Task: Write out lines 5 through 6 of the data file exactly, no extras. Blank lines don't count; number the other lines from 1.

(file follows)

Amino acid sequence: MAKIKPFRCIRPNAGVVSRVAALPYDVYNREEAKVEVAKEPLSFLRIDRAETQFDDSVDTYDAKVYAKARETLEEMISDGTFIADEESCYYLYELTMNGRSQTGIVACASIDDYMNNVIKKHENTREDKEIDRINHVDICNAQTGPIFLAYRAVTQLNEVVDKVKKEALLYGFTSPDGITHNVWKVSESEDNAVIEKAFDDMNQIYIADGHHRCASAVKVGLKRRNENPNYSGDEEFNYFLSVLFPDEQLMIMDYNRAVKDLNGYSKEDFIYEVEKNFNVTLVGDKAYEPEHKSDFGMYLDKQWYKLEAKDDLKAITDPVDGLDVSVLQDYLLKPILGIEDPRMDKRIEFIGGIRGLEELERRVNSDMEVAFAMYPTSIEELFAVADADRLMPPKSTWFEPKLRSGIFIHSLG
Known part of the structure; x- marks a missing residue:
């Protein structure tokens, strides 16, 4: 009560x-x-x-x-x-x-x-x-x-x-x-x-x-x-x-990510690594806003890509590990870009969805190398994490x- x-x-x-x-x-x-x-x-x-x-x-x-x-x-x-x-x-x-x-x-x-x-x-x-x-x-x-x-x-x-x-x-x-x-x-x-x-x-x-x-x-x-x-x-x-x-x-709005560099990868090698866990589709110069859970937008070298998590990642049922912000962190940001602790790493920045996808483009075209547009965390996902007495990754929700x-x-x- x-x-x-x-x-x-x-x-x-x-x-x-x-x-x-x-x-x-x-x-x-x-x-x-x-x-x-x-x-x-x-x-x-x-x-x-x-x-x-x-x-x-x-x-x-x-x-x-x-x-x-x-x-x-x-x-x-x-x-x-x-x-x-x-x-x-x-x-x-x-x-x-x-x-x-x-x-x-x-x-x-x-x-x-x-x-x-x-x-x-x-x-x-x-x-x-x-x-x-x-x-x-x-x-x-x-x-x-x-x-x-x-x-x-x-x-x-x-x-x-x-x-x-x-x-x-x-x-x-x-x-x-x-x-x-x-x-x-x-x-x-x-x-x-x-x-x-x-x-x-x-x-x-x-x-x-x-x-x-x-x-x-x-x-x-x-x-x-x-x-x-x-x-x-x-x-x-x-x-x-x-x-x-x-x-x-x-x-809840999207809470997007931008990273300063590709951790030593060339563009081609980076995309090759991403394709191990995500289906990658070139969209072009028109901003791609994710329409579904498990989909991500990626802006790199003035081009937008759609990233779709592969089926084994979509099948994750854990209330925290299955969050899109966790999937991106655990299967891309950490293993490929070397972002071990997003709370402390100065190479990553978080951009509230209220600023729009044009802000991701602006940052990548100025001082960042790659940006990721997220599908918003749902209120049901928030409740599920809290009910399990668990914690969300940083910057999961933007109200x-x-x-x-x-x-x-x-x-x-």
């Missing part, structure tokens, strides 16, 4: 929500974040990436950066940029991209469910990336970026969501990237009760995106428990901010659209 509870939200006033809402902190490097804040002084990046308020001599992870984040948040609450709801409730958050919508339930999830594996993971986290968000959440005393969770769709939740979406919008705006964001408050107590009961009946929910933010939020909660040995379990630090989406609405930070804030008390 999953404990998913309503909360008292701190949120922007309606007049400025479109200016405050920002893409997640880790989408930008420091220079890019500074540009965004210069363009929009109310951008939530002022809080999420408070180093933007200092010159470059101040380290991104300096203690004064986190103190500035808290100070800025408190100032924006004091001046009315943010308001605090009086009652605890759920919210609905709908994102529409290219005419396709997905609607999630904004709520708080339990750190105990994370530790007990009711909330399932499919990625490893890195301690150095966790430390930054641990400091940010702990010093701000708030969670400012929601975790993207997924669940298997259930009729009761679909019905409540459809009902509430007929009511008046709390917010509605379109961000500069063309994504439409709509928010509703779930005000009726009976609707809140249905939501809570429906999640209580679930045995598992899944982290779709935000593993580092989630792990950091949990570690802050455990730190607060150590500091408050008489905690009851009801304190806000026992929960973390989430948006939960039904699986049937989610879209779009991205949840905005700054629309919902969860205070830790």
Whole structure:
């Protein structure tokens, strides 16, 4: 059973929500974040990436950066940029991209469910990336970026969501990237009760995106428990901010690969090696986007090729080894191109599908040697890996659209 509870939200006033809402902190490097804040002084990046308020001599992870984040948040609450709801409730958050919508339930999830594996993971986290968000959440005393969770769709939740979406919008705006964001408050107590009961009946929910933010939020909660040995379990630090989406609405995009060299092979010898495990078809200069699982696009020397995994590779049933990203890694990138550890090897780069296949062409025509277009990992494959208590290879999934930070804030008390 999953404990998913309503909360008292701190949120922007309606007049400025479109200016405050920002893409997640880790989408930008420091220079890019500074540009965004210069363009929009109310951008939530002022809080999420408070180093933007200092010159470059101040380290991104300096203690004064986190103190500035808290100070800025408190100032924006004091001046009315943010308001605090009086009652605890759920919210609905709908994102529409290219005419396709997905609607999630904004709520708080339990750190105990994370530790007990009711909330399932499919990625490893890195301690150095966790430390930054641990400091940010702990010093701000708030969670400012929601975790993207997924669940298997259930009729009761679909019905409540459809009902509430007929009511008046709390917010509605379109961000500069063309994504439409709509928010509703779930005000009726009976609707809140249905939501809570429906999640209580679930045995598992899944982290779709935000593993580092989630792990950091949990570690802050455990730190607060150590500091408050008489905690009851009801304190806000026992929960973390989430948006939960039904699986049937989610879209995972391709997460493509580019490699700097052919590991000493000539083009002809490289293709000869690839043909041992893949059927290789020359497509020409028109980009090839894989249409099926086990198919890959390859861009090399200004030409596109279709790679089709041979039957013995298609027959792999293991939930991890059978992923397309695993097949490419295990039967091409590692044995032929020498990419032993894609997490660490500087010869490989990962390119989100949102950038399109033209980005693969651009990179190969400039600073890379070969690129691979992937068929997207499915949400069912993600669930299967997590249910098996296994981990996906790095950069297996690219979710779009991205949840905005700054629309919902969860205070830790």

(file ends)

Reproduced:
Whole structure:
């Protein structure tokens, strides 16, 4: 059973929500974040990436950066940029991209469910990336970026969501990237009760995106428990901010690969090696986007090729080894191109599908040697890996659209 509870939200006033809402902190490097804040002084990046308020001599992870984040948040609450709801409730958050919508339930999830594996993971986290968000959440005393969770769709939740979406919008705006964001408050107590009961009946929910933010939020909660040995379990630090989406609405995009060299092979010898495990078809200069699982696009020397995994590779049933990203890694990138550890090897780069296949062409025509277009990992494959208590290879999934930070804030008390 999953404990998913309503909360008292701190949120922007309606007049400025479109200016405050920002893409997640880790989408930008420091220079890019500074540009965004210069363009929009109310951008939530002022809080999420408070180093933007200092010159470059101040380290991104300096203690004064986190103190500035808290100070800025408190100032924006004091001046009315943010308001605090009086009652605890759920919210609905709908994102529409290219005419396709997905609607999630904004709520708080339990750190105990994370530790007990009711909330399932499919990625490893890195301690150095966790430390930054641990400091940010702990010093701000708030969670400012929601975790993207997924669940298997259930009729009761679909019905409540459809009902509430007929009511008046709390917010509605379109961000500069063309994504439409709509928010509703779930005000009726009976609707809140249905939501809570429906999640209580679930045995598992899944982290779709935000593993580092989630792990950091949990570690802050455990730190607060150590500091408050008489905690009851009801304190806000026992929960973390989430948006939960039904699986049937989610879209995972391709997460493509580019490699700097052919590991000493000539083009002809490289293709000869690839043909041992893949059927290789020359497509020409028109980009090839894989249409099926086990198919890959390859861009090399200004030409596109279709790679089709041979039957013995298609027959792999293991939930991890059978992923397309695993097949490419295990039967091409590692044995032929020498990419032993894609997490660490500087010869490989990962390119989100949102950038399109033209980005693969651009990179190969400039600073890379070969690129691979992937068929997207499915949400069912993600669930299967997590249910098996296994981990996906790095950069297996690219979710779009991205949840905005700054629309919902969860205070830790």